IDEAS home Printed from https://ideas.repec.org/p/wpa/wuwpeh/9509002.html
   My bibliography  Save this paper

"Excess Volatility" and the German Stock Market, 1870-1990

Author

Listed:
  • J. Bradford De Long

    (U.C. Berkeley)

  • Marco Becht

    (European University Institute)

Abstract

This paper uses long-run real price and dividends series to investigate for the German stock market the questions asked of the U.S. market by Shiller (1989). It tries to determine in what periods and to what degree the Germanstock market has also possessed "excess volatility" over the past century. It finds no evidence or excess volatility in the pre-WWI German stock market. By contrast, there is some evidence of excess- volatiltiy in the post-WWII German stock market. The role played by the German Great Banks in the pre- WWI market might be the cause of the low comparative volatility of German stock indices before 1914.

Suggested Citation

  • J. Bradford De Long & Marco Becht, 1995. ""Excess Volatility" and the German Stock Market, 1870-1990," Economic History 9509002, EconWPA.
  • Handle: RePEc:wpa:wuwpeh:9509002
    Note: Type of Document - Adobe Acrobat .pdf file; prepared on Macintosh; to print on Postscript (.pdf); pages: 27 ; figures: included
    as

    Download full text from publisher

    File URL: https://econwpa.ub.uni-muenchen.de/econ-wp/eh/papers/9509/9509002.pdf
    Download Restriction: no

    References listed on IDEAS

    as
    1. Barsky, Robert B. & Long, J. Bradford De, 1990. "Bull and Bear Markets in the Twentieth Century," The Journal of Economic History, Cambridge University Press, vol. 50(02), pages 265-281, June.
    2. Campbell, John Y & Shiller, Robert J, 1988. " Stock Prices, Earnings, and Expected Dividends," Journal of Finance, American Finance Association, vol. 43(3), pages 661-676, July.
    Full references (including those not matched with items on IDEAS)

    More about this item

    Keywords

    long run stock market volatility Shiller test German finance capitalism variance bounds;

    JEL classification:

    • C12 - Mathematical and Quantitative Methods - - Econometric and Statistical Methods and Methodology: General - - - Hypothesis Testing: General
    • G14 - Financial Economics - - General Financial Markets - - - Information and Market Efficiency; Event Studies; Insider Trading
    • G21 - Financial Economics - - Financial Institutions and Services - - - Banks; Other Depository Institutions; Micro Finance Institutions; Mortgages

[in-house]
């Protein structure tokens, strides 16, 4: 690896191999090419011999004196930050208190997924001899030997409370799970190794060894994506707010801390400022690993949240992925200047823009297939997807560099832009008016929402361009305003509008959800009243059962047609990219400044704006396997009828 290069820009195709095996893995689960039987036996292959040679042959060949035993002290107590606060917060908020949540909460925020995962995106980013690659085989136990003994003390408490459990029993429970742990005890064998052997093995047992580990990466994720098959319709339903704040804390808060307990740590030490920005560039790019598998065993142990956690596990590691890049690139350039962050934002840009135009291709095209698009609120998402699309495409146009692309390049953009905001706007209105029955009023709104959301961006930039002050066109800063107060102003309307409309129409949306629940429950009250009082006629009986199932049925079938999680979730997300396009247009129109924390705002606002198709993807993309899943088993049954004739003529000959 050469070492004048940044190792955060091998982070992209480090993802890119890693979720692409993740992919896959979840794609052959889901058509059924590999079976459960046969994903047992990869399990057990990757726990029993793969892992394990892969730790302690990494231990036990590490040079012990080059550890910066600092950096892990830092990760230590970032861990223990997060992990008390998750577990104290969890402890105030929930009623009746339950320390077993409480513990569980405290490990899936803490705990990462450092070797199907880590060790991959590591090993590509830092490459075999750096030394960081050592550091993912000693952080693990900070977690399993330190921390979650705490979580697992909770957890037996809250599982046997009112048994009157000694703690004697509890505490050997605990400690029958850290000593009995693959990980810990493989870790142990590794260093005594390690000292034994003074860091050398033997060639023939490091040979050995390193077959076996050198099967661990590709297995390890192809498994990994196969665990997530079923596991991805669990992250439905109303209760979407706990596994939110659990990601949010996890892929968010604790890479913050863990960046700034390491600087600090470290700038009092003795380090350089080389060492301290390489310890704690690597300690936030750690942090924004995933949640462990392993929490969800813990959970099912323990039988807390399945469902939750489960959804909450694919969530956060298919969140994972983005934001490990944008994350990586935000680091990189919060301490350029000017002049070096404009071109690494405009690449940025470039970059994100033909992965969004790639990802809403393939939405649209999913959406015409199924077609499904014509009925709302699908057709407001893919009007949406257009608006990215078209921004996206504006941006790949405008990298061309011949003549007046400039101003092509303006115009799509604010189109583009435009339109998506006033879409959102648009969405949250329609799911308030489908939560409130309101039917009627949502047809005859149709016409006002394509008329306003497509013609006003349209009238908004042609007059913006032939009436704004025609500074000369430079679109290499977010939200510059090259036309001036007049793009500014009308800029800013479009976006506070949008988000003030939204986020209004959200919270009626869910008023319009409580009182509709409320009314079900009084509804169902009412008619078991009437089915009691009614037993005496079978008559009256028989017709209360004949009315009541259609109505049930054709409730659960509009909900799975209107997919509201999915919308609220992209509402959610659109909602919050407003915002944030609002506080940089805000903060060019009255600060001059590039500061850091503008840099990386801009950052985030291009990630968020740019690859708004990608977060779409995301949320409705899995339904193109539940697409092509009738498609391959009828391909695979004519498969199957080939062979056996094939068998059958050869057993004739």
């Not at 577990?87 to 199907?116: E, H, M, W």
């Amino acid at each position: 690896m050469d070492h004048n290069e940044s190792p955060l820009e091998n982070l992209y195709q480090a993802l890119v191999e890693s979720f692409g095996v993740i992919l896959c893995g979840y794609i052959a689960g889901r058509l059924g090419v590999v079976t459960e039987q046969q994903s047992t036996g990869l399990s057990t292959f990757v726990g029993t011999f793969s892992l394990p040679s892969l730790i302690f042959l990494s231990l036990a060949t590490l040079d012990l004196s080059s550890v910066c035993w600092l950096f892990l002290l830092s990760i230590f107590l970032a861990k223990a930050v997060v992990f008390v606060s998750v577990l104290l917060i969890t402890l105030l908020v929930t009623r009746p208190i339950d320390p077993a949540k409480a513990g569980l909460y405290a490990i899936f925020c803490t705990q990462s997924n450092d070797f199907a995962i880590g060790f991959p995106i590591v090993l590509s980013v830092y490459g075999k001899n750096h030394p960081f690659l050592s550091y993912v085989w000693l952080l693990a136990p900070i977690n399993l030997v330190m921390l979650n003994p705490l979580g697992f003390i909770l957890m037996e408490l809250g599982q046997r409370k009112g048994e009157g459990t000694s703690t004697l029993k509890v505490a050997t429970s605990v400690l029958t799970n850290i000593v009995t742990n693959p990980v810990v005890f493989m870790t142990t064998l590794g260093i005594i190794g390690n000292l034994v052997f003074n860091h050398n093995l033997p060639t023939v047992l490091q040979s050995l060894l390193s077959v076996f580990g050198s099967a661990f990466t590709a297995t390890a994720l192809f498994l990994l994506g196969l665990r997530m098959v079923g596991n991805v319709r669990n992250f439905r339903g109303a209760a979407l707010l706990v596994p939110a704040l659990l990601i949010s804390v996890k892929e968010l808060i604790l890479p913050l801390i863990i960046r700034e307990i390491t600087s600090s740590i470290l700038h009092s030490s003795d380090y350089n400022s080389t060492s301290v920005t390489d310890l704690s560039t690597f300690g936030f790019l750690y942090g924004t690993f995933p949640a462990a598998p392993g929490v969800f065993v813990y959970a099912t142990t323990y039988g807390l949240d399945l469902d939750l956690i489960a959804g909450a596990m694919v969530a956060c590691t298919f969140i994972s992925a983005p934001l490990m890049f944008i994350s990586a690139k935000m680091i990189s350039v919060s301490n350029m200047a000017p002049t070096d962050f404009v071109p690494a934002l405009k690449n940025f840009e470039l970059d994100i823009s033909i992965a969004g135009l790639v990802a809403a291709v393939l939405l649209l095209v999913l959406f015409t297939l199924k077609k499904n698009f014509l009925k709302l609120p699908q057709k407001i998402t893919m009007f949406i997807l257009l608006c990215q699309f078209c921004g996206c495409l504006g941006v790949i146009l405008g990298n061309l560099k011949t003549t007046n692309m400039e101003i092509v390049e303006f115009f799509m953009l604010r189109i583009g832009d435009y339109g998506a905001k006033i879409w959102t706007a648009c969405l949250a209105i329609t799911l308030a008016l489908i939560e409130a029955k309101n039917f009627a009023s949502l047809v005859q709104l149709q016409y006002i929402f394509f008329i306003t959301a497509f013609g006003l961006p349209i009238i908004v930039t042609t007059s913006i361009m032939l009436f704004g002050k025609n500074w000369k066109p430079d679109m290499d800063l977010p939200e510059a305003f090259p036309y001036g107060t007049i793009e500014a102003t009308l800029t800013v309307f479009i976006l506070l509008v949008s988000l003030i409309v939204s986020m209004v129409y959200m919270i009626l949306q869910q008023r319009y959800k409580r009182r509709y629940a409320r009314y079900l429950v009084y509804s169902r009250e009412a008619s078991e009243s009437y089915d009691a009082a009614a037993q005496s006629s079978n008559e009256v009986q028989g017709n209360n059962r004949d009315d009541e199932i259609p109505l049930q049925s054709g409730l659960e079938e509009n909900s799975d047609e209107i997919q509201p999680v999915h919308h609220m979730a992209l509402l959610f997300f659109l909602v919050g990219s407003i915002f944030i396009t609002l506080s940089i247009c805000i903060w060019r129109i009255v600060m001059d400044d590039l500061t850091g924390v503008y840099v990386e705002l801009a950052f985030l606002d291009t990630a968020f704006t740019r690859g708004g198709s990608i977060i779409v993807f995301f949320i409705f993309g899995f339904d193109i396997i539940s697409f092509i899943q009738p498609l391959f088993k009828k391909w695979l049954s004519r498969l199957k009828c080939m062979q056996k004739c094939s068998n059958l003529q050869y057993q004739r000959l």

• N23 - Economic History - - Financial Markets and Institutions - - - Europe: Pre-1913

    Statistics

    Access and download statistics

    Corrections

    All material on this site has been provided by the respective publishers and authors. You can help correct errors and omissions. When requesting a correction, please mention this item's handle: RePEc:wpa:wuwpeh:9509002. See general information about how to correct material in RePEc.

    For technical questions regarding this item, or to correct its authors, title, abstract, bibliographic or download information, contact: (EconWPA). General contact details of provider: https://econwpa.ub.uni-muenchen.de .

    If you have authored this item and are not yet registered with RePEc, we encourage you to do it here. This allows to link your profile to this item. It also allows you to accept potential citations to this item that we are uncertain about.

    If CitEc recognized a reference but did not link an item in RePEc to it, you can help with this form .

    If you know of missing items citing this one, you can help us creating those links by adding the relevant references in the same way as above, for each refering item. If you are a registered author of this item, you may also want to check the "citations" tab in your RePEc Author Service profile, as there may be some citations waiting for confirmation.

    Please note that corrections may take a couple of weeks to filter through the various RePEc services.

    IDEAS is a RePEc service hosted by the Research Division of the Federal Reserve Bank of St. Louis . RePEc uses bibliographic data supplied by the respective publishers.